A Mystical Travel Guide to Scotland
I’ve spent the last five months in Scotland as part of an exchange student program, and it could have well been that my experience of Scotland would’ve been limited to the majestic city of Glasgow since that’s where my host University, *cough* Hogwarts *cough*, was located. Luckily, during the orientation week we had all kinds of activities and lectures between us foreign students, and thank the heavens above, my newly met friend, Anne, and I were seated in a lecture room in the Boyd Orr Building (possibly one of the ugliest buildings in Glasgow) when the lecturer, after having gone through a myriad of slides full of important information we forgot right away, introduced Gary Robert Brown.
Now, I know what you’re thinking, “What can a man named Gary Robert Brown do for the exchange students of Scotland?”
Well, dear BTSB readers, the answer is – he can tell a story.
Gary Robert Brown, in addition to being a professional ginger, is the manager of Student Tours Scotland and a stellar story teller. I sat down to interview him so that all you readers might experience Scotland through his stories, and hopefully be inspired enough to visit this magnificently breath-taking country.
For the benefit of everyone I asked Gary to give us a brief introduction of himself and his tour company, and more importantly, how he ended up running a tour company.
“I had no idea what I wanted to do and then just kind of fell into tourism. My degree is in Psychology, and that has nothing to do with tourism, so, Student Tours Scotland had just kind of grown randomly over the years. I mostly take international students and tourists around Scotland during the weekends.”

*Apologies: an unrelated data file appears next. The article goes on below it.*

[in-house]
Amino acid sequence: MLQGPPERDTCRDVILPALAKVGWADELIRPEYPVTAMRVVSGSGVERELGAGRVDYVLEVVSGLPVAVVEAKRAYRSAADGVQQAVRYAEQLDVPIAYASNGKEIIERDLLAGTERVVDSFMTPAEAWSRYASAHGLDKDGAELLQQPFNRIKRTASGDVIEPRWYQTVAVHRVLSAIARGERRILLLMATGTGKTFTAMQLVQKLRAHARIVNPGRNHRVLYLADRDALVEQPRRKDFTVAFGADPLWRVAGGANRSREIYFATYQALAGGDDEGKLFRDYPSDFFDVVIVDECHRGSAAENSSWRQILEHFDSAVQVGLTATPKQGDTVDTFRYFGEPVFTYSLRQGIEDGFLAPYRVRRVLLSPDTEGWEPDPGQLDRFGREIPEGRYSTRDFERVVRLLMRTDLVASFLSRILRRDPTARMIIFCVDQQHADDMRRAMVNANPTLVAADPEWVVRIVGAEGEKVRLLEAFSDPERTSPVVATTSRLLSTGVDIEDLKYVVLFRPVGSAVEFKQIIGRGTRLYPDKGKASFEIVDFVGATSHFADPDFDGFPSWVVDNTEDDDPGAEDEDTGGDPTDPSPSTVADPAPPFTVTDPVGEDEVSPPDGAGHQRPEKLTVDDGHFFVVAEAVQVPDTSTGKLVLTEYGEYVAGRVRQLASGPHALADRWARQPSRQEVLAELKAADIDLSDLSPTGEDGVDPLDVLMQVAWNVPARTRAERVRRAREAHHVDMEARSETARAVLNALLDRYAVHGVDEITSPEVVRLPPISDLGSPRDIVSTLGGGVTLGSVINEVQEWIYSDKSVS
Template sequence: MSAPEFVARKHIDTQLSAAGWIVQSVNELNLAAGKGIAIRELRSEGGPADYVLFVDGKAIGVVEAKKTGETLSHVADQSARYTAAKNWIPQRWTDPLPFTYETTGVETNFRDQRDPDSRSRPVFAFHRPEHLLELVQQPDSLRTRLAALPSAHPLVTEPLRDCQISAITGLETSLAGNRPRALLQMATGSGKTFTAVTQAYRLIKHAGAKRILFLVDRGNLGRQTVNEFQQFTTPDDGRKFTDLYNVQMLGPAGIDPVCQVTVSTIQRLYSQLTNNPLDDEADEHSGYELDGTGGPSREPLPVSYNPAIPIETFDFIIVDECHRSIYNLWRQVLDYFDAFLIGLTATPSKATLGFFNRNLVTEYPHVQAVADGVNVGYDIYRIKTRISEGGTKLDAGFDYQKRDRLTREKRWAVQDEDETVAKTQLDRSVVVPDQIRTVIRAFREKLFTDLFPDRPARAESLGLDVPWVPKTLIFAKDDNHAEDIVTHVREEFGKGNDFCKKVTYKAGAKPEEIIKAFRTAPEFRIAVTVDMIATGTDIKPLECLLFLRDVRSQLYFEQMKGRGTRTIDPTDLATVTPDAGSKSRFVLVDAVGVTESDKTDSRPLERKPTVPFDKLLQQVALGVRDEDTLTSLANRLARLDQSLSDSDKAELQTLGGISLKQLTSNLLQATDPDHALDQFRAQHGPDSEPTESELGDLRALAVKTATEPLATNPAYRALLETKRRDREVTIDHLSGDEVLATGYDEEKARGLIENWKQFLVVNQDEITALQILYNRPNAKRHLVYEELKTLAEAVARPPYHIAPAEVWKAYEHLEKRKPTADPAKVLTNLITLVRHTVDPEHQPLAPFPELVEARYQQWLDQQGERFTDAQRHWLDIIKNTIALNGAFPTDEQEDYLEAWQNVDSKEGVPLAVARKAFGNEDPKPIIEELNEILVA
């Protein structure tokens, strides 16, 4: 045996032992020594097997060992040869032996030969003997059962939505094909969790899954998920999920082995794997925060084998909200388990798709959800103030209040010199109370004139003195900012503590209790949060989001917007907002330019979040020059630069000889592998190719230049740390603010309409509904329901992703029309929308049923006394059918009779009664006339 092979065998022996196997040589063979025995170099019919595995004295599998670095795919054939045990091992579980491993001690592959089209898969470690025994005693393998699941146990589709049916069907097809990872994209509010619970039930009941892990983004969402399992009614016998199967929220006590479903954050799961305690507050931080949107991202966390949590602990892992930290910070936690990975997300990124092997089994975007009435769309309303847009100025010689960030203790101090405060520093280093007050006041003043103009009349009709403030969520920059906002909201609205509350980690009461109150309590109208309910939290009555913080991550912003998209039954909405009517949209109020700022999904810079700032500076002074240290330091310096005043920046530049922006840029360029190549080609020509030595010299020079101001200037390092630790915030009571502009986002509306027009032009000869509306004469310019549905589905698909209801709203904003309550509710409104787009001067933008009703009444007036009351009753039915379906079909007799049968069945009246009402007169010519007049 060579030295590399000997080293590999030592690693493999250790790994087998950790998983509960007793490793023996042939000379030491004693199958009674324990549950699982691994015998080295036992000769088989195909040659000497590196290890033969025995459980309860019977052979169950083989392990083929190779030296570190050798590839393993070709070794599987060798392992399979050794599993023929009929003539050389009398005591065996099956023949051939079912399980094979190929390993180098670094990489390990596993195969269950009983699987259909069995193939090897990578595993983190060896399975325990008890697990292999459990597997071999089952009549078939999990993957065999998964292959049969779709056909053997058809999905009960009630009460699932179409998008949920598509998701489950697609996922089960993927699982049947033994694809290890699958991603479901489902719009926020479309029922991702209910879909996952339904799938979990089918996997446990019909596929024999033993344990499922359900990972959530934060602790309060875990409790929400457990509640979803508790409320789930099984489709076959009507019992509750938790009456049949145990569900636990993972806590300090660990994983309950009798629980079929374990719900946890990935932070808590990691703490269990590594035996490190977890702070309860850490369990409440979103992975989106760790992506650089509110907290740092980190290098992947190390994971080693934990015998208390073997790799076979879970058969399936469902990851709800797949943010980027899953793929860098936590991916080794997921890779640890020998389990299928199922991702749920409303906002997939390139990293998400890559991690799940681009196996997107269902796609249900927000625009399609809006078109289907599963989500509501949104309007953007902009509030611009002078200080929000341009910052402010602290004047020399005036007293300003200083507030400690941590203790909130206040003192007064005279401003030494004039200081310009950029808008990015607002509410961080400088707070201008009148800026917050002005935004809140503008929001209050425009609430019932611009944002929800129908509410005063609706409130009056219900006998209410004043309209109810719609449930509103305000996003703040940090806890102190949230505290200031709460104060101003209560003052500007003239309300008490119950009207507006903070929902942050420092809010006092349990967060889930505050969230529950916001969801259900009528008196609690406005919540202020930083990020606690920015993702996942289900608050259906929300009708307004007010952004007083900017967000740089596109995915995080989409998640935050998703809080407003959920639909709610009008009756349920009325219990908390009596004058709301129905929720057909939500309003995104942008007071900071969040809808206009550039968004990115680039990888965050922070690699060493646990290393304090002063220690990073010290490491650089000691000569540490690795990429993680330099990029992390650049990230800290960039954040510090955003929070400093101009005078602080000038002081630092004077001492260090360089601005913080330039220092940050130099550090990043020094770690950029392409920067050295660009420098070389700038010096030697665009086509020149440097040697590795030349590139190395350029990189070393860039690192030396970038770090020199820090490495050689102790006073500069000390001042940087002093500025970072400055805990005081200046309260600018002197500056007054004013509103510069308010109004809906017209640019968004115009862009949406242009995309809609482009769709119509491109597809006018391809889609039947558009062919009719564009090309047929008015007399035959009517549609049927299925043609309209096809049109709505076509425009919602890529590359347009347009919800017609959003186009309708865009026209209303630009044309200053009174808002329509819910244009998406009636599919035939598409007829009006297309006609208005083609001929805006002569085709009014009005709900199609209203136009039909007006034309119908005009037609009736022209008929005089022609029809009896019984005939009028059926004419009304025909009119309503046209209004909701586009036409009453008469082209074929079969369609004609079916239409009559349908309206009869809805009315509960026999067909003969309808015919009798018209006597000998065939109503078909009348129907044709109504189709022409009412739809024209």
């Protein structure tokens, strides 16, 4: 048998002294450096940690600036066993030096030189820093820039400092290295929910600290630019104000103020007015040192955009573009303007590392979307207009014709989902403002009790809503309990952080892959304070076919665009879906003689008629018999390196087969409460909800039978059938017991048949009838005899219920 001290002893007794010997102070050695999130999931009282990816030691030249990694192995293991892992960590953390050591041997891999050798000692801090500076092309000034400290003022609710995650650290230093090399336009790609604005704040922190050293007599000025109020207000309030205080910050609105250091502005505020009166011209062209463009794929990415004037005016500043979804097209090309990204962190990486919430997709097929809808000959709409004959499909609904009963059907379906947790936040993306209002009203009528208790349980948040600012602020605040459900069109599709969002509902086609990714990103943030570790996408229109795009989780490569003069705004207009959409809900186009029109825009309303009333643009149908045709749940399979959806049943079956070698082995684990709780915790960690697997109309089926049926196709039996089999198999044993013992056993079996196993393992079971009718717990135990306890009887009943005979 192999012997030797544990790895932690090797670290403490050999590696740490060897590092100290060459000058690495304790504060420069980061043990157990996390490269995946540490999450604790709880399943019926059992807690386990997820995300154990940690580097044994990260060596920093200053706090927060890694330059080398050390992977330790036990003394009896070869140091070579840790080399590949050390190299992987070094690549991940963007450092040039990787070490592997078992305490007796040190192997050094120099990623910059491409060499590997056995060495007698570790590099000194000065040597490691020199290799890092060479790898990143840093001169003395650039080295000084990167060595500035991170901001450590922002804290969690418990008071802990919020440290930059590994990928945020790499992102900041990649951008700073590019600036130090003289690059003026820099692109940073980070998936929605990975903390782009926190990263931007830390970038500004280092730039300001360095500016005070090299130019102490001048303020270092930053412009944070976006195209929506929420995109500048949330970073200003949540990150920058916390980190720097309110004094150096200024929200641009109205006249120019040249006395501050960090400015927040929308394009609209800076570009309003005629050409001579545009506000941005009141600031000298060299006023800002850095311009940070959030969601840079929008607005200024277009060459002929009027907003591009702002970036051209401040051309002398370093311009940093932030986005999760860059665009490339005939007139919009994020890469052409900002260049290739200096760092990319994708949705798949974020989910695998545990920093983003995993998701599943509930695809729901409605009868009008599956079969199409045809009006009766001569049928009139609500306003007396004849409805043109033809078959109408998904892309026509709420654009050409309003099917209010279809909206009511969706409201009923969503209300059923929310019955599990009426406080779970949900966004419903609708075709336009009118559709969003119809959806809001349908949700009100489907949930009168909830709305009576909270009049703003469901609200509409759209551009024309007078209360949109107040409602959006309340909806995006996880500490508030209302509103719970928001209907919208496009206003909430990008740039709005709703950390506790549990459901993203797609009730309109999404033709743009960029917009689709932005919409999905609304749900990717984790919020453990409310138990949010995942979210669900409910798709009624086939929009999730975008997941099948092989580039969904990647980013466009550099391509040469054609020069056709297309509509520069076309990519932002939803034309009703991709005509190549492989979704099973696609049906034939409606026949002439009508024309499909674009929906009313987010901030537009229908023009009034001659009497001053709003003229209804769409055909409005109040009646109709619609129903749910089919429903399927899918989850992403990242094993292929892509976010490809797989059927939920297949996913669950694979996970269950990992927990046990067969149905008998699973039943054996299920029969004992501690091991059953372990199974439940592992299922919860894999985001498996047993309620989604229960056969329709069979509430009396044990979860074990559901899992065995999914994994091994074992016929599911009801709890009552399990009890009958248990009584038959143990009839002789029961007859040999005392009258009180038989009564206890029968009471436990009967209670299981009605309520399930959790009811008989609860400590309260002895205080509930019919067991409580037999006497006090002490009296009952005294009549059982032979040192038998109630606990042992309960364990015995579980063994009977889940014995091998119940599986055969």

It might sound like Gary just found himself in the tourism market by accident, but anyone who’s been on his tours could attest to the fact that this man was born to tell stories, and what better way to sell a country’s charms than via stories.
Now, you might find yourself asking, “Well, how’d he learn all these stories anyway, what makes them so special?” Here’s what Gary had to say:
“You see, I was very lucky that I grew up with a very Scottish family, so as a kid you were always surrounded by mythologies and stories and some of the stories I tell on the tours are handed down through family. I don’t know whether it’s nonsense or whether it’s something they’ve been handed down, but what I have noticed is, in recent years since becoming a tour guide, I’ve heard versions of those stories. Not the same stories though –you never hear the same story twice in Scotland, you hear an almost perfect copy but there’s always something that’s quite surprisingly different—and then you read books and you realize there’s a version of them in books as well, because the whole idea of Scottish mythology is that it’s handed down. It was never written down, so your grandparents would tell a story and they would hand it down to their kids and they would hand it down to their kids, always changing. When we were kids we called it Chinese whispers, so you’d tell a story and it’d travel all the way to China and then come back again and it would be completely different from what you told”, Gary tells me.